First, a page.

What you need to know about work­ing over­time

Oi Vietnam - - Contents - A mem­ber of the Paris Bar, An­toine Lo­geay has been prac­tic­ing law first in France, mainly in lit­i­ga­tion and arbitration, then in Viet­nam for three years as an as­so­ciate ofAudier & Part­ners based at its Hanoi of­fice. Audier & Part­ners is an in­ter­na­tional

What you need to know about work­ing over­time

Dear An­toine,

I work for an in­ter­na­tional school as a teacher and they re­quire a lot of over­time work. Does Viet­namese law al­low un­paid over­time work? Can I refuse to work over­time? And if I agree to work over­time some­times, should I get paid? Dur­ing lunch breaks or free time I pre­fer to go out­side the school to han­dle per­sonal busi­ness but the HR peo­ple don’t like it. Do I need to stay at the school even when I’m not teach­ing?


about la­bor laws in Viet­nam and how to deal with “un­rea­son­able” re­quests from em­ploy­ers. Although la­bor laws are not al­ways clear, it is pro­tec­tive of em­ploy­ees—which is good for you. Let’s see what the law says about your ques­tions: work­ing over­time and breaks dur­ing work­ing hours.

Viet­namese laws do al­low over­time work but limit them un­der strict cir­cum­stances. Most im­por­tantly, any over­time work re­quested from the em­ployer must have the em­ployee’s con­sent. This reg­u­la­tion of the law does help an­swer your ques­tion: “Can I refuse to work over­time?” Yes, you can refuse to work over­time if you do not want to do so.

Ac­cord­ing to the cur­rent La­bor

Code of Viet­nam and its reg­u­la­tions, the max­i­mum reg­u­lar daily work­ing time is 8 hours and the max­i­mum reg­u­lar weekly work­ing time is 48 hours (save ex­cep­tions). Any time for meet­ings and train­ing due to the re­quire­ments of the em­ployer (or un­der the em­ployer’s ap­proval) shall be in­cluded in the work­ing time. “Over­time” means the pe­riod of work­ing time that comes in ad­di­tion to your “reg­u­lar work­ing hours” as they are de­fined in the in­ter­nal la­bor rules or col­lec­tive la­bor agree­ment, or as stip­u­lated by law.

How­ever, your em­ployer can­not re­quest you to work over­time for more than 50% of the reg­u­lar work­ing hours in a day, or more than 30 hours a month or 200 hours a year, ex­cept for special cases in which 300 hours of over­time a year are per­mis­si­ble.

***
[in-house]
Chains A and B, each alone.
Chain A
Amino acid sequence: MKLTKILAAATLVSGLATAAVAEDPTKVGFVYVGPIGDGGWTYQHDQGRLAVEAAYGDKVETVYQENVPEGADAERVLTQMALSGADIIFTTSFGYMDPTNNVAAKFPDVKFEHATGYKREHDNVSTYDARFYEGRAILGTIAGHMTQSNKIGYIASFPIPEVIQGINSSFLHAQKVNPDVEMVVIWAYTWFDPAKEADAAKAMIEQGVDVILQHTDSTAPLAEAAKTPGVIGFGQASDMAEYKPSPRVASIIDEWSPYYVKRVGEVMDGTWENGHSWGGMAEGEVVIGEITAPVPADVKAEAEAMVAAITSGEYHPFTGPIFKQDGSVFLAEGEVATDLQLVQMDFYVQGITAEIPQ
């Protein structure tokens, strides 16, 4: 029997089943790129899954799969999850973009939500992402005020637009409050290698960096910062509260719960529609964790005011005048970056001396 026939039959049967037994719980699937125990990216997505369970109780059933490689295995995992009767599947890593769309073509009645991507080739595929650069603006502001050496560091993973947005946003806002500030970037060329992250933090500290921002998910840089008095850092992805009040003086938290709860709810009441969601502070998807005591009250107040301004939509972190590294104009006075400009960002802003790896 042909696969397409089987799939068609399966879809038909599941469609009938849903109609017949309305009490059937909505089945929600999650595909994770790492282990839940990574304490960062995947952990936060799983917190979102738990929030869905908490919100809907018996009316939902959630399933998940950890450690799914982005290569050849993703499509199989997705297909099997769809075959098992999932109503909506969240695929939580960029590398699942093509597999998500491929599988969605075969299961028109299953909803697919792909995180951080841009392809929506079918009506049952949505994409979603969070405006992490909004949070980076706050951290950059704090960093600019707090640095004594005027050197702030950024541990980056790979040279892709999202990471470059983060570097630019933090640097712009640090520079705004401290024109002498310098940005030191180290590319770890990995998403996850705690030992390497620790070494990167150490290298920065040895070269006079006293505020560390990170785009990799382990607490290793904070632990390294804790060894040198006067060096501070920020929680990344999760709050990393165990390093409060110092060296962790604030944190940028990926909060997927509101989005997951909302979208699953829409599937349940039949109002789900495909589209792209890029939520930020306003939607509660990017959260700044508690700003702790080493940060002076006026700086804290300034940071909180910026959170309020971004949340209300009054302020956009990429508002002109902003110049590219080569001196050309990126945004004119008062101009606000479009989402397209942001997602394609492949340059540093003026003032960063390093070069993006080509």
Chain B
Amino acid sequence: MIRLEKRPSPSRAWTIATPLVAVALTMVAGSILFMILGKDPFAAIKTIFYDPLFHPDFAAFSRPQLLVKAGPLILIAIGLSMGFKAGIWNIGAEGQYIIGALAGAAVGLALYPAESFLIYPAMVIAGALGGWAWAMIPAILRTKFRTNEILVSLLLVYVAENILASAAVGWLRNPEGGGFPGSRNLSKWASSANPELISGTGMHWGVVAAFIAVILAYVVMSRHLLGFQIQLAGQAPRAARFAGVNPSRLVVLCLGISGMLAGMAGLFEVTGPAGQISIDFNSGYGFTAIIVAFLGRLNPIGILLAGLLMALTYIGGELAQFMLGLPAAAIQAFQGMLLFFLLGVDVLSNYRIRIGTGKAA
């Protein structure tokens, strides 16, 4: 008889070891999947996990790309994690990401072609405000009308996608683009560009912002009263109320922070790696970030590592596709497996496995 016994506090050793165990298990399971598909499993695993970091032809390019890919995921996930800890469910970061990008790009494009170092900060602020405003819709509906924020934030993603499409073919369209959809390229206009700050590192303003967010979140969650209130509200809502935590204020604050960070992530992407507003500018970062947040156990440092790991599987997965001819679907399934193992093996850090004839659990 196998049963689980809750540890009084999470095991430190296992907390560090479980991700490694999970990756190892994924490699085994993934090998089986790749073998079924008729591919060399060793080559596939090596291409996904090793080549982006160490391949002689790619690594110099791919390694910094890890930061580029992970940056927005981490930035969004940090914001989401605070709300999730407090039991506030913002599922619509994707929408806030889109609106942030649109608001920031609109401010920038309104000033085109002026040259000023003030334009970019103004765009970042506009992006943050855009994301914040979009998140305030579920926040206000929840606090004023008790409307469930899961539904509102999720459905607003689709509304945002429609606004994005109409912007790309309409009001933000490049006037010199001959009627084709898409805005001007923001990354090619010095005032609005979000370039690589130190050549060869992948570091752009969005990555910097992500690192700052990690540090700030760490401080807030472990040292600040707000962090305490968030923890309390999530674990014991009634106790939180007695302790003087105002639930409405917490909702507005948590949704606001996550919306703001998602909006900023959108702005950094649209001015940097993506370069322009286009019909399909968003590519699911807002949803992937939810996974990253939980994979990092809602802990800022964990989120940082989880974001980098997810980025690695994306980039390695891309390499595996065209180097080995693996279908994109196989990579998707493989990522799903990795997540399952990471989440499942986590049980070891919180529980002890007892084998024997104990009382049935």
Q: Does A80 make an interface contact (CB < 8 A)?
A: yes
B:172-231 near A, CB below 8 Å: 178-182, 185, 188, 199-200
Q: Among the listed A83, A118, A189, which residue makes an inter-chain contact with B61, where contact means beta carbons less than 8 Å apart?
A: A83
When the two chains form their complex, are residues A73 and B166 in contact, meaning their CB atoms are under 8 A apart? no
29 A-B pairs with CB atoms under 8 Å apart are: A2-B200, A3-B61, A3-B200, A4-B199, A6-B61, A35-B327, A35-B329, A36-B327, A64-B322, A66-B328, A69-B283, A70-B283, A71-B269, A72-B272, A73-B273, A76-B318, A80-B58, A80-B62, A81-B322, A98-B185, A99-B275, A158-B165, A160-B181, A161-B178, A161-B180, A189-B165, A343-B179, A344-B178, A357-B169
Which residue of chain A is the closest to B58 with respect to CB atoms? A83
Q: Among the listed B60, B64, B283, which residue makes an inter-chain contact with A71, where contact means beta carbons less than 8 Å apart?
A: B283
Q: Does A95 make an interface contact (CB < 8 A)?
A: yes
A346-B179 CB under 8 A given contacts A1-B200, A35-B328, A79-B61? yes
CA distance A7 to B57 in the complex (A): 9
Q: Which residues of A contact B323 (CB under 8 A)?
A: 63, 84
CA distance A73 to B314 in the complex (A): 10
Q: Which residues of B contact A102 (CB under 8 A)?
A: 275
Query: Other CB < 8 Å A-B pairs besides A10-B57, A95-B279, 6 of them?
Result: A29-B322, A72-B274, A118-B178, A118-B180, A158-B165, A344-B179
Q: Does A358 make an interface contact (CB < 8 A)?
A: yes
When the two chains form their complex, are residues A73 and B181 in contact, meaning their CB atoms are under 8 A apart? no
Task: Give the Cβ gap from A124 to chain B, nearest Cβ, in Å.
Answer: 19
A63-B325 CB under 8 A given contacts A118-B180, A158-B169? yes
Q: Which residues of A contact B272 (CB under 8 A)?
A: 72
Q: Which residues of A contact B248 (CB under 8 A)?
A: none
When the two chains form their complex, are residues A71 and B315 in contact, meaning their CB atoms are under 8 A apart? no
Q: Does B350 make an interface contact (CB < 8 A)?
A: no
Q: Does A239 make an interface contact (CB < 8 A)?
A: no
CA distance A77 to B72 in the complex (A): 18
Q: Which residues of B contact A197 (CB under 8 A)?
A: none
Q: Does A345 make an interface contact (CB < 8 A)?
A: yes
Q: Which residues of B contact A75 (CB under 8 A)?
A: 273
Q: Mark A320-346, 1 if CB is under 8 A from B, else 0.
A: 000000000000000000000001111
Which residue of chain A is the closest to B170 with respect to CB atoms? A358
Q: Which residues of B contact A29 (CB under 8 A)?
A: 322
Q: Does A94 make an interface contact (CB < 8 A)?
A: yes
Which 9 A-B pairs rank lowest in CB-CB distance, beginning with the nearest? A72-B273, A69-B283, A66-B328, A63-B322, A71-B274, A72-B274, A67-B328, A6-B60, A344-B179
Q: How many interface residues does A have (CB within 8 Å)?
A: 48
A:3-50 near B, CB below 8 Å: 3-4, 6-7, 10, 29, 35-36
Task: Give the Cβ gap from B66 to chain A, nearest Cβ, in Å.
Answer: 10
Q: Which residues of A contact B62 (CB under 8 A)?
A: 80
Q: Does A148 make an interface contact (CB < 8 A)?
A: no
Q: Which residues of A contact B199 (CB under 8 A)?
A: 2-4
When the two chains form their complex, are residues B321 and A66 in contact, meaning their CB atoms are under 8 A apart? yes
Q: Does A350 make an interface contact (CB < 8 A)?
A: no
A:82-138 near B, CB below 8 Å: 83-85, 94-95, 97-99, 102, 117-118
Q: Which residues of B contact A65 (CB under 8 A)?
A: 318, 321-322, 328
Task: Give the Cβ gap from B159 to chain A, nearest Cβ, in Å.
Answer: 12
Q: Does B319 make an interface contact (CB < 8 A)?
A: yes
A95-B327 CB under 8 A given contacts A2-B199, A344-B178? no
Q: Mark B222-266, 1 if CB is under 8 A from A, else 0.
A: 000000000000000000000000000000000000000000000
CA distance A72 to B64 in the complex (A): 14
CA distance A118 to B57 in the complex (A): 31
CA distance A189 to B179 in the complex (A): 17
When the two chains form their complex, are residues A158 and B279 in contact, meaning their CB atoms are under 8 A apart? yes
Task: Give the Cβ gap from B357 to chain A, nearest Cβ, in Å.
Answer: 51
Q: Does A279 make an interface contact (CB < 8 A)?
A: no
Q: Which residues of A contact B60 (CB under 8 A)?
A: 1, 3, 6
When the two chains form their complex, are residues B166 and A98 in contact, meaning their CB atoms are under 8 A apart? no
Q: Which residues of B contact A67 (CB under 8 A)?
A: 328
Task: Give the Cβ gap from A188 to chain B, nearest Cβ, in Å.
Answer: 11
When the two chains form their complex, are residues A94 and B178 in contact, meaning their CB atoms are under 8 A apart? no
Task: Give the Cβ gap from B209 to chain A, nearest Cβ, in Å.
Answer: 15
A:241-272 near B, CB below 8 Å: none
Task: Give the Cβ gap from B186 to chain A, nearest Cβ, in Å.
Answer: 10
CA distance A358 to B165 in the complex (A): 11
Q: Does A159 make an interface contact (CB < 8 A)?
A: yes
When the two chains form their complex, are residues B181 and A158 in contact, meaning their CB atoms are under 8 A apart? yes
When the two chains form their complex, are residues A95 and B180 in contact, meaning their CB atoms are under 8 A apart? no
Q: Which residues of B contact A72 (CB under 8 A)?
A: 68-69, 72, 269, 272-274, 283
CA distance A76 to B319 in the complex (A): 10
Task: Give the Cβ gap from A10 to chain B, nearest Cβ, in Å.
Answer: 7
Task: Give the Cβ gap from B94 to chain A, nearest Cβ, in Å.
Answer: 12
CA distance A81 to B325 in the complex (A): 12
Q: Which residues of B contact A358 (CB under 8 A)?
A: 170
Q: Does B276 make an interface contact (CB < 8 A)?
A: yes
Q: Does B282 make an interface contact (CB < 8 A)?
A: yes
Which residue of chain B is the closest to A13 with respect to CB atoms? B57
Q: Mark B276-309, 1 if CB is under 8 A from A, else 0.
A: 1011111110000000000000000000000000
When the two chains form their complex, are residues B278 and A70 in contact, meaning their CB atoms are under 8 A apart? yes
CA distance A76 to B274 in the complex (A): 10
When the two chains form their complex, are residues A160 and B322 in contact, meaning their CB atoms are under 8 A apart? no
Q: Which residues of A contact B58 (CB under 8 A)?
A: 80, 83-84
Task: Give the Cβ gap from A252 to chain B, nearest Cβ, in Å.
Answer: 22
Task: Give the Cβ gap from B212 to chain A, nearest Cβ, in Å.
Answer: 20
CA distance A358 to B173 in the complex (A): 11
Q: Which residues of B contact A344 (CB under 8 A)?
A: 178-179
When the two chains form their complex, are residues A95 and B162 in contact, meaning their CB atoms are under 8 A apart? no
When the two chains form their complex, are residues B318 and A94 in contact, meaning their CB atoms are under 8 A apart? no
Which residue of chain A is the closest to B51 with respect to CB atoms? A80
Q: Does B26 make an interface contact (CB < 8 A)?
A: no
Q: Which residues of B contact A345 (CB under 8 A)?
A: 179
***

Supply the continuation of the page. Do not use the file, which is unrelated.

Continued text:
If you agree to work over­time, you will be en­ti­tled to over­time com­pen­sa­tion. Your em­ployer will have to grant you com­pen­satory leave or pay you in­creased wages as fol­lows: 1) for week day over­time, 150% of your hourly wage; 2) for day-off over­time, 200% of your hourly wage; and 3) for over­time worked dur­ing holidays and full-paid leave, 300% of your hourly wage.

Re­gard­ing your ques­tion about breaks dur­ing work­ing hours, un­der Viet­namese la­bor laws, you are en­ti­tled to a break of at least half an hour dur­ing the eight con­sec­u­tive hours of a reg­u­lar work­ing day. Th­ese 30 min­utes should be counted as ac­tual work­ing time, which means that they are in­cluded in the daily 8 work­ing hours.

This does not help you so much I guess, as it seems that you do not ac­tu­ally work be­tween classes. You had bet­ter read care­fully the clauses about work­ing time in your la­bor con­tract, the in­ter­nal rules of the school and the col­lec­tive agree­ment (if any). In ad­di­tion to the 30-minute rest break re­quired by law, your school may have also or­ga­nized breaks for the teach­ing staff be­tween class times and recorded such pro­vi­sions in one of those doc­u­ments.

If no such pro­vi­sions are pro­vided in your la­bor con­tract and in the in­ter­nal la­bor rules or col­lec­tive agree­ment, you need to stay at school dur­ing the agreed work­ing hours. For ex­am­ple, if your la­bor con­tract says that work­ing hours are from 8am to 5pm, then you have to stay in the school all day. If you need to go out­side the school for per­sonal is­sues, you need to in­form the school and get ap­proval. Oth­er­wise, you may be con­sid­ered to be vi­o­lat­ing the school’s la­bor dis­ci­pline and sub­ject to sanc­tions.

We hope the above is help­ful and that you are now ready to start the new school year with more in­for­ma­tion about your rights and obli­ga­tions.

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